The Bibliophile's Adventurers Club

Exemplars of bookish delight

In retrospect — Steampunk: Extraordinary Tales of Victorian Futurism

Steampunk

I’ll admit it; I bought Steampunk: Extraordinary Tales of Victorian Futurism for the cover. Armed with a gift card, I was perusing books when I happened upon this one: it was shiny, and steampunky, and oh-so lovely. The topic was simply a bonus.

In case your mind goes blank with the mention of ‘Steampunk:’

Steampunk is a sub-genre of science fiction that typically features steam-powered machinery,[1] especially in a setting inspired by industrialized Western civilization during the 19th century. Therefore, steampunk works are often set in an alternative history of the 19th century’s British Victorian era or American “Wild West”, in a post-apocalyptic future during which steam power has regained mainstream use, or in a fantasy world that similarly employs steam power. {Wikipedia}

But Steampunk: Extraordinary Tales of Victorian Futurism is a little something different. Edited by Mike Ashley, this book is made up of short, little known tales of the ‘future.’  They were the stories published in serials or dime novels, between 1880 and 1894, when steam was set to power the industrial revolution — and sparked the imagination of the Victorian age. Through a set of fourteen stories, we see a people looking to the future, and seeing a world of automatons, airships, moving walkways, and secret societies.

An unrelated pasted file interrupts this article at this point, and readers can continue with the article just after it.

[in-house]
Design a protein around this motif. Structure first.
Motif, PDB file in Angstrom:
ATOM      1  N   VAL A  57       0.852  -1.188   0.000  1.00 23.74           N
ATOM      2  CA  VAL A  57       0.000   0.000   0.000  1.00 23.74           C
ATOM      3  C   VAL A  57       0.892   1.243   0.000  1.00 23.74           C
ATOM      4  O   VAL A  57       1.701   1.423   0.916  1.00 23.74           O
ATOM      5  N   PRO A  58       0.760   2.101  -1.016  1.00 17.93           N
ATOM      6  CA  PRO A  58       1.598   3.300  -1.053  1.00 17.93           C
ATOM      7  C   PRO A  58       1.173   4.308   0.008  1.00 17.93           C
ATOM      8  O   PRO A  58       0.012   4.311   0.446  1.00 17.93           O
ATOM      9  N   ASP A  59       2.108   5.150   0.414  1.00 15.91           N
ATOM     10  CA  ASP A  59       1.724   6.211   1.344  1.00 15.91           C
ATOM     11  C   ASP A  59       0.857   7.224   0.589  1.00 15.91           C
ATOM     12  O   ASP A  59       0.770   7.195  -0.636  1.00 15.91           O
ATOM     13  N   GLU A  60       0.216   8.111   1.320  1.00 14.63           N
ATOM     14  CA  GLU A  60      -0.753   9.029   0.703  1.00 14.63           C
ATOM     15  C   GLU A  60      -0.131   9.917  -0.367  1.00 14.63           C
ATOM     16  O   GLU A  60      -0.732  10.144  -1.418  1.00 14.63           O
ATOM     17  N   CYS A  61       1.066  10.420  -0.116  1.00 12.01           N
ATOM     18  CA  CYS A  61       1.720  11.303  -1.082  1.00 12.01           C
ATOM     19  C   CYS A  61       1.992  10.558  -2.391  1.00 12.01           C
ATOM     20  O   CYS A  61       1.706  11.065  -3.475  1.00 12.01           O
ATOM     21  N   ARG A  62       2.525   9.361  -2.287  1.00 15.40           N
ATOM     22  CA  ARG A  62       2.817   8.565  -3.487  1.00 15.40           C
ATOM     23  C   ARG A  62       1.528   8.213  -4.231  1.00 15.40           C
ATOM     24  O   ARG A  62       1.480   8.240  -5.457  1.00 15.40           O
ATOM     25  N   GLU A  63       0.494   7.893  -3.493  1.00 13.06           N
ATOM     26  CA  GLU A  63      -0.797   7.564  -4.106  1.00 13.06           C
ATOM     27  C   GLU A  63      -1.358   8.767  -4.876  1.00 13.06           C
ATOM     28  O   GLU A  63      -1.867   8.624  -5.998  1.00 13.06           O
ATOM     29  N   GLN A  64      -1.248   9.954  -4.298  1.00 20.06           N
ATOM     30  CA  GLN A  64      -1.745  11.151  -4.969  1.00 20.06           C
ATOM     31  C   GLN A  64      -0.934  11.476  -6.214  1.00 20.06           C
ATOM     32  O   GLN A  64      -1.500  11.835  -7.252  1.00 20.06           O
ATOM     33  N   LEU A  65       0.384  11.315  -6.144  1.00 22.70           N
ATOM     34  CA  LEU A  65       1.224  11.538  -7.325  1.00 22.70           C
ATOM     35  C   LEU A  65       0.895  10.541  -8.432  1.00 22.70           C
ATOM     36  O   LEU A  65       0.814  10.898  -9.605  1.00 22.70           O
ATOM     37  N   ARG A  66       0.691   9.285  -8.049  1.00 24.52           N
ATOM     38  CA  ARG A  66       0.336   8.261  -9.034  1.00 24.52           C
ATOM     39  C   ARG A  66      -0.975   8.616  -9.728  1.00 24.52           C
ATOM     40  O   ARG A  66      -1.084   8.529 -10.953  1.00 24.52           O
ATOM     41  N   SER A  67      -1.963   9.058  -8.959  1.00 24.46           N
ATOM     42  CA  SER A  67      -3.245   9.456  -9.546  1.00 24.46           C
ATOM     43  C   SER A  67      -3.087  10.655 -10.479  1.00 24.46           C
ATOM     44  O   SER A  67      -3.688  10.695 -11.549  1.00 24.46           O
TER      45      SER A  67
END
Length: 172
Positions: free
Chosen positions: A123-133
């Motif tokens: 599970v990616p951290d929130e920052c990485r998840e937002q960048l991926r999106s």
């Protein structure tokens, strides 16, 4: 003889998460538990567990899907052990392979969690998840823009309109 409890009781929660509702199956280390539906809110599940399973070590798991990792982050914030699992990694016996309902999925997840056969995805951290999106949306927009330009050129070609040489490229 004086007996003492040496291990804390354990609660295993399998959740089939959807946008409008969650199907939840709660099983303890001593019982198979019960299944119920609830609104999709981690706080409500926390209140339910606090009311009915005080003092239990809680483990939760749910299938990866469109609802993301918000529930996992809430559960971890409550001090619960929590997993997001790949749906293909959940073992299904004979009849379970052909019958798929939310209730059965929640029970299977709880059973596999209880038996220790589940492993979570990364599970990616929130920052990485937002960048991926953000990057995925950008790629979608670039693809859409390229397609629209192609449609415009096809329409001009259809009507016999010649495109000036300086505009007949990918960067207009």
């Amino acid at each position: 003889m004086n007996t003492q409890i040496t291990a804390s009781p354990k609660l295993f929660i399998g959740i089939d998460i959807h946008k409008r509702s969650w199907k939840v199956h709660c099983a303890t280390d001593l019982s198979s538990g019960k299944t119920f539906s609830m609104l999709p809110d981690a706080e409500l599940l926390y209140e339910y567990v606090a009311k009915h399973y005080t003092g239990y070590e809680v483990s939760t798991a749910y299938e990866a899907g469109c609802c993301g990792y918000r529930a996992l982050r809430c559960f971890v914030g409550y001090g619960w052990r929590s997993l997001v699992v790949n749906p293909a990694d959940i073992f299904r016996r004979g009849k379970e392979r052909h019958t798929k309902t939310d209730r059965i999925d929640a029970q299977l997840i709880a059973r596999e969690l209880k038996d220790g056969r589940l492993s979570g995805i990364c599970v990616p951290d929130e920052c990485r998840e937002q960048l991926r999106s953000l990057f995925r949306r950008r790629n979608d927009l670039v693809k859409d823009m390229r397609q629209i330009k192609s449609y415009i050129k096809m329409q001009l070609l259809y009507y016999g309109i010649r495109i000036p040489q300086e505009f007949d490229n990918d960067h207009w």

In many ways, the book is a time capsule all its own.

It transports us to another age. It transports us to the dawn of science fiction — to the birthplace of steampunk. As we walk through history, we catch sight of our own day and age, and the lines between past and present begin to blur.

Paul Di Filippo, in his forward to the book, suggests, “Steampunk is science fiction’s age thirteen. Steampunk is the adolescent SF genre dreaming of the adult it hopes to grow up to become.”

Nowhere is this more true than with Steampunk: Extraordinary Tales of Victorian Futurism. Like most teenage years, it can be a bit awkward at times, a bit frightful in places, but overall it’s hopeful and full of promise–a glimpse at all that’s to come.

3 Comments

  1. AHH! We are internet twins for real – I love steampunk. Have you read all the steampunky fiction books?

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